It’s no surprise that PC gaming is getting more and more expensive. Games themselves have raised the standard price while inflation or a recession made sure that components stayed expensive. That’s why more minimalistic alternatives like the Steam Deck are getting more and more popular; but can a Steam Deck replace a gaming PC?
That depends on what kind of gaming PC you have in mind. If it’s a low-end gaming PC running on an HD (720p) screen (Steam Deck has a resolution of 1280×800), then it’s a good replacement that favors portability much better. However, a mid-range gaming PC is the more popular standard and sadly, a Steam Deck is still no match for such a gaming powerhouse.
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But there are more factors in play here than simply replacing a low-end PC for gaming, you might want to consider the following factors we’ll enumerate below.
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Steam Deck Specs
Looking at the Steam Deck specs, they’re modest, really.
- AMD APU
- CPU: Zen 2 4c/8t, 2.4-3.5GHz (up to 448 GFlops FP32)
- GPU: 8 RDNA 2 CUs, 1.0-1.6GHz (up to 1.6 TFlops FP32)
- APU power: 4-15W
- 16 GB LPDDR5 on-board RAM
- Storage based on price, starting at 64 GB eMMC
- 1280 x 800px (16:10 aspect ratio)
- 7-inch IPS touchscreen, 60Hz
The thing is, compared to more expensive lower-end gaming laptops (those equipped with an RTX 3050 or 3050 Ti), the Steam Deck still pales in comparison. It only sports an integrated GPU from AMD.
While that APU is good enough for gaming, it can only run some of the most graphically-demanding games (like Red Dead Redemption 2) at the lowest settings in 720p. Red Dead Redemption 2 is a five-year-old game at this point and at most, it runs at 46 FPS average on a Steam Deck at the lowest settings. It dips to the 30s under 1080p external display mode.
Expect less graphically demanding games to run better, of course, though not maxed out.
So while it also comes with an external screen mode capability that can output 1080p resolution, performance will suffer even more due to the increased demand in processing and graphical power.
If you’re coming from a gaming laptop or a gaming PC, you might find the Steam Deck a bit underwhelming and it’s not just due to the smaller screen. The lowered graphical fidelity, the low refresh rate, and even the limited storage will hamper your experience if you’re used to the privilege of a gaming PC.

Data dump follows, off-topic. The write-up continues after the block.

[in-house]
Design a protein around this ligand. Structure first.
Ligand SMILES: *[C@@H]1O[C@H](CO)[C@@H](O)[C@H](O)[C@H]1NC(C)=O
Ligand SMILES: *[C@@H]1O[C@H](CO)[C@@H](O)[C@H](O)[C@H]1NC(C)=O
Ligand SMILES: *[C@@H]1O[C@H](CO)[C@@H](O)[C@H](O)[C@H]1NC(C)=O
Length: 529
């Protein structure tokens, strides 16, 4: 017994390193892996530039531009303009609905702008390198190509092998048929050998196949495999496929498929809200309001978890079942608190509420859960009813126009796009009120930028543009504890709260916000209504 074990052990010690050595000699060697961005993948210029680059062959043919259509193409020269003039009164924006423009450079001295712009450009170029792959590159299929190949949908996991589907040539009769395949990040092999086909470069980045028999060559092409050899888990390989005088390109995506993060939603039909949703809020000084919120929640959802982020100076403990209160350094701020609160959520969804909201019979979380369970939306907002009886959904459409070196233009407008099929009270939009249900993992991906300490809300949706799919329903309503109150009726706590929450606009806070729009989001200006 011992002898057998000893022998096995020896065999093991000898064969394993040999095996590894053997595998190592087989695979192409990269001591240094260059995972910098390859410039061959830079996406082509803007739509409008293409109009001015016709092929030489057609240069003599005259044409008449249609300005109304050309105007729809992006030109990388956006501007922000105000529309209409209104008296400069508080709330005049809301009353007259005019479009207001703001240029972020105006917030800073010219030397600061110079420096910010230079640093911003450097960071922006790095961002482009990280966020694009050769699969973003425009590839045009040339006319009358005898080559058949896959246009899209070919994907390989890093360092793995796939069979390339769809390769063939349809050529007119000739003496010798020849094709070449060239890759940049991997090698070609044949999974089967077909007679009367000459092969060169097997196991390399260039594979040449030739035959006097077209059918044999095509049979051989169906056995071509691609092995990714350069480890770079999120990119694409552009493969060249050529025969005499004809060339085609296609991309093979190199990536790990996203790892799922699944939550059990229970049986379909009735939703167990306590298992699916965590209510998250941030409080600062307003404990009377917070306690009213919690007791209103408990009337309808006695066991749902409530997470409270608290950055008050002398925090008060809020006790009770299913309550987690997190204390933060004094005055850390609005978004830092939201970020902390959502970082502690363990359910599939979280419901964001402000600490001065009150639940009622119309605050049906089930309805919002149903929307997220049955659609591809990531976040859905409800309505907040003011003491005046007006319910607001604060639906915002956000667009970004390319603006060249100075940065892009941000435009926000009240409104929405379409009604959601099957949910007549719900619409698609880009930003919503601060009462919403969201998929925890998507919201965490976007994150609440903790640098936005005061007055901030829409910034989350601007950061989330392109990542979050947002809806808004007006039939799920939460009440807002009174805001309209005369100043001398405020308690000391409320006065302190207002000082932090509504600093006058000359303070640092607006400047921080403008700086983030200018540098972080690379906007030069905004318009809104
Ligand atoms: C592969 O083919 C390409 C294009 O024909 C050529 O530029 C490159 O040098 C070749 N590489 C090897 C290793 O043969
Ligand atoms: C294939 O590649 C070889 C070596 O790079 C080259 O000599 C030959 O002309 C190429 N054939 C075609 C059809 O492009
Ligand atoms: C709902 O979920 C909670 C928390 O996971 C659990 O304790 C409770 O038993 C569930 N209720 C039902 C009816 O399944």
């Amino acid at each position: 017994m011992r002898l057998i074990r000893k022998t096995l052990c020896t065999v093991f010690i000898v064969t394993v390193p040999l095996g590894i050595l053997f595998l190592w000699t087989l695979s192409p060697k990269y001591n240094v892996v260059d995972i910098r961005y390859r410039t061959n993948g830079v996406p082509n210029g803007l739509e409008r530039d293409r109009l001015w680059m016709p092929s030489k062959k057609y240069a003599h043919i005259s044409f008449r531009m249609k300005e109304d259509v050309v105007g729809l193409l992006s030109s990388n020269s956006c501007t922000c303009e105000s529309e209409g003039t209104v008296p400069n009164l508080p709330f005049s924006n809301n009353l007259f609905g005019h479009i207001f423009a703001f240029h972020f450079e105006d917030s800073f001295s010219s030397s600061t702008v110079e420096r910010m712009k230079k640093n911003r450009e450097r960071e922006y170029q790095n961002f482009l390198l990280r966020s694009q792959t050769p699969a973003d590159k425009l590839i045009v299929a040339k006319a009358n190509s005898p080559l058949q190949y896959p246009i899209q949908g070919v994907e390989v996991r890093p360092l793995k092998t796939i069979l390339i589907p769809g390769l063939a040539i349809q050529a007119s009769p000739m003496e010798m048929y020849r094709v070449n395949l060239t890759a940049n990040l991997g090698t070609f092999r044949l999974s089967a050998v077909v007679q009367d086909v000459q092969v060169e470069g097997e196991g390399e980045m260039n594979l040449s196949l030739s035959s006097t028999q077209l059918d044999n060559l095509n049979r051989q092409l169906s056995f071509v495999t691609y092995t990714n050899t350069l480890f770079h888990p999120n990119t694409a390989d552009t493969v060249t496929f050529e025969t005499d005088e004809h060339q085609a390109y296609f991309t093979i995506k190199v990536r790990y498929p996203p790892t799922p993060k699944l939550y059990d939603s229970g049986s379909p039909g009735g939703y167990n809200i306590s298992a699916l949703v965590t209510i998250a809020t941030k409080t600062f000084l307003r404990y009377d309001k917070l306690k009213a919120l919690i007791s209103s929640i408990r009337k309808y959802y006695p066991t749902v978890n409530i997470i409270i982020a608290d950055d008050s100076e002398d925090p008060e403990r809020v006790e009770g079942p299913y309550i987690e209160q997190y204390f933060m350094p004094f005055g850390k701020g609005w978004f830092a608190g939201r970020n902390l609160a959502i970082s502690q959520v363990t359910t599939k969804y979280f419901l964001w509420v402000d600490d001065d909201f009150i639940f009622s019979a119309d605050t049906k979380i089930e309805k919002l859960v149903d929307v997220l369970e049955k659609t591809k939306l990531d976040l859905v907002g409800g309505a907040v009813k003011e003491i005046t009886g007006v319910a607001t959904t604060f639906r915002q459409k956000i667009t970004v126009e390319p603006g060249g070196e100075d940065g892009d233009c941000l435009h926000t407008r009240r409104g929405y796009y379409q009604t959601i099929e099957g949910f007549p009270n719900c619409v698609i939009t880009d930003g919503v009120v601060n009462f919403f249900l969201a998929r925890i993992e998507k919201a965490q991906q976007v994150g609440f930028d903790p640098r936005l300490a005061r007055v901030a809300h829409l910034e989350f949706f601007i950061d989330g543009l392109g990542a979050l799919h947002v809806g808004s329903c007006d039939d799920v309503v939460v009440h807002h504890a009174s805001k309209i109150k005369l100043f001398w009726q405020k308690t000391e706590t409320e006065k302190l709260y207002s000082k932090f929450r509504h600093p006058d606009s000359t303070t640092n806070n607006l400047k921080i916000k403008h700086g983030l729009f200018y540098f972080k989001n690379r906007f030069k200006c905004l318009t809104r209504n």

In Direct Comparison to PC Hardware
In terms of performance compared to available gaming PCs these days, the Steam Deck is most comparable to a gaming laptop equipped with a GTX 1650. That GPU was released back in 2019.
Based on benchmarks like these, the GTX 1650 pulls ahead though the performance difference can be close at times depending on the scene.
Looking at the price, the Steam Deck with 512GB of storage retails for around $650 perhaps more depending on availability.
For $600 (before shipping, more or less), you could also get yourself a laptop with a GTX 1650 albeit with lower RAM (8GB).
For around $650, maybe more, you can also get a laptop with an RTX 3050 and unlock the beauty of ray tracing on supported video games.
Those laptops were on sale, however, and only have 8GB RAM, you’ll have to add a bit more if you want 16GB. Still, the aforementioned low-end gaming laptop prices make the Steam Deck a bit of a hard sell depending on what you value.
Because gaming laptops are still portable, and even something like an RTX 1650 can run light games without the power supply plugged in for a couple of hours.
Not to mention the laptop’s processors are more powerful, leading to a more stable framerate and a bigger performance advantage.
Now, compared to a $600 desktop PC, you can bet that the performance gap will grow even wider and the advantage is as clear as day, especially if you don’t care about portability.
The Steam Deck Has It’s Glaring Limitations
It’s a good thing that the Steam Deck wasn’t marketed as a replacement for a full-fledged gaming PC though it competes well enough, disregarding the price.
You might find those low-end gaming laptops as better deals; if you don’t mind uninstalling games frequently or playing only one video game at a time, you could opt for a 256GB Steam Deck to save a bit though you might regret it afterward depending on the games you want to play.
Again, apart from the small display and the low refresh rate, another limitation for the Steam Deck would be the games library. There’s no shortage of titles ported for the Steam Deck, but even so, not all games available on Steam and outside of Steam, are available on the Steam Deck.
If you had a specific game in mind for why you want to purchase a Steam Deck, you better make sure first that that game is actually available on this platform.
Sadly, a Steam Deck is nowhere near enough to replace a decent or even a low-end gaming PC. At best, it’s a good portably alternative for when you can’t stop playing your Steam library while on the move.
Still, for the power it consumes and the specifications, it’s an impressive device on its own, and it’s certainly more technologically advanced than the Nintendo Switch, one of the most popular handheld consoles these days; though it’s also more expensive.
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